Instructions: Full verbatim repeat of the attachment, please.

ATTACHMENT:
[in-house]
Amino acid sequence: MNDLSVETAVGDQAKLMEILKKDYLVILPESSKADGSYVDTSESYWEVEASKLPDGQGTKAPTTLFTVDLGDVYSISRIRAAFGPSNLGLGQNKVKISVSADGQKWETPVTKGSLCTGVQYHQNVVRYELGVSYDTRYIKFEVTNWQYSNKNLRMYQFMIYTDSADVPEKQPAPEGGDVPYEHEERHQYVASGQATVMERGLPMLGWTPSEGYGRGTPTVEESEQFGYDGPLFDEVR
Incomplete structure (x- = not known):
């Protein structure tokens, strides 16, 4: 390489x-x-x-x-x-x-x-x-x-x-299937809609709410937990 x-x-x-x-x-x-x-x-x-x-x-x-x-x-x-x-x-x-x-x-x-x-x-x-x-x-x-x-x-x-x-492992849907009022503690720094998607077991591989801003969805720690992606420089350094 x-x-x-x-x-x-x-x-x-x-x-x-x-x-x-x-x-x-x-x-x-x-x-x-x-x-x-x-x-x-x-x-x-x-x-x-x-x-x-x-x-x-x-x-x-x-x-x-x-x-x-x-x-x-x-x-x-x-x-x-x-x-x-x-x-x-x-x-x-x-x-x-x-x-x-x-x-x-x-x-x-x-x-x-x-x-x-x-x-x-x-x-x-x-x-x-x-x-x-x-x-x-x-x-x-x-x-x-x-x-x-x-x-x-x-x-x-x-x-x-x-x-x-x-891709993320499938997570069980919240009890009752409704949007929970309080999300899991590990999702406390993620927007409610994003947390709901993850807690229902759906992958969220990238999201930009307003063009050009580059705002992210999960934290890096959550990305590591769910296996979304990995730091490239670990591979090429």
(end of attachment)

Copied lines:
[in-house]
Amino acid sequence: MNDLSVETAVGDQAKLMEILKKDYLVILPESSKADGSYVDTSESYWEVEASKLPDGQGTKAPTTLFTVDLGDVYSISRIRAAFGPSNLGLGQNKVKISVSADGQKWETPVTKGSLCTGVQYHQNVVRYELGVSYDTRYIKFEVTNWQYSNKNLRMYQFMIYTDSADVPEKQPAPEGGDVPYEHEERHQYVASGQATVMERGLPMLGWTPSEGYGRGTPTVEESEQFGYDGPLFDEVR
Incomplete structure (x- = not known):
């Protein structure tokens, strides 16, 4: 390489x-x-x-x-x-x-x-x-x-x-299937809609709410937990 x-x-x-x-x-x-x-x-x-x-x-x-x-x-x-x-x-x-x-x-x-x-x-x-x-x-x-x-x-x-x-492992849907009022503690720094998607077991591989801003969805720690992606420089350094 x-x-x-x-x-x-x-x-x-x-x-x-x-x-x-x-x-x-x-x-x-x-x-x-x-x-x-x-x-x-x-x-x-x-x-x-x-x-x-x-x-x-x-x-x-x-x-x-x-x-x-x-x-x-x-x-x-x-x-x-x-x-x-x-x-x-x-x-x-x-x-x-x-x-x-x-x-x-x-x-x-x-x-x-x-x-x-x-x-x-x-x-x-x-x-x-x-x-x-x-x-x-x-x-x-x-x-x-x-x-x-x-x-x-x-x-x-x-x-x-x-x-x-x-891709993320499938997570069980919240009890009752409704949007929970309080999300899991590990999702406390993620927007409610994003947390709901993850807690229902759906992958969220990238999201930009307003063009050009580059705002992210999960934290890096959550990305590591769910296996979304990995730091490239670990591979090429």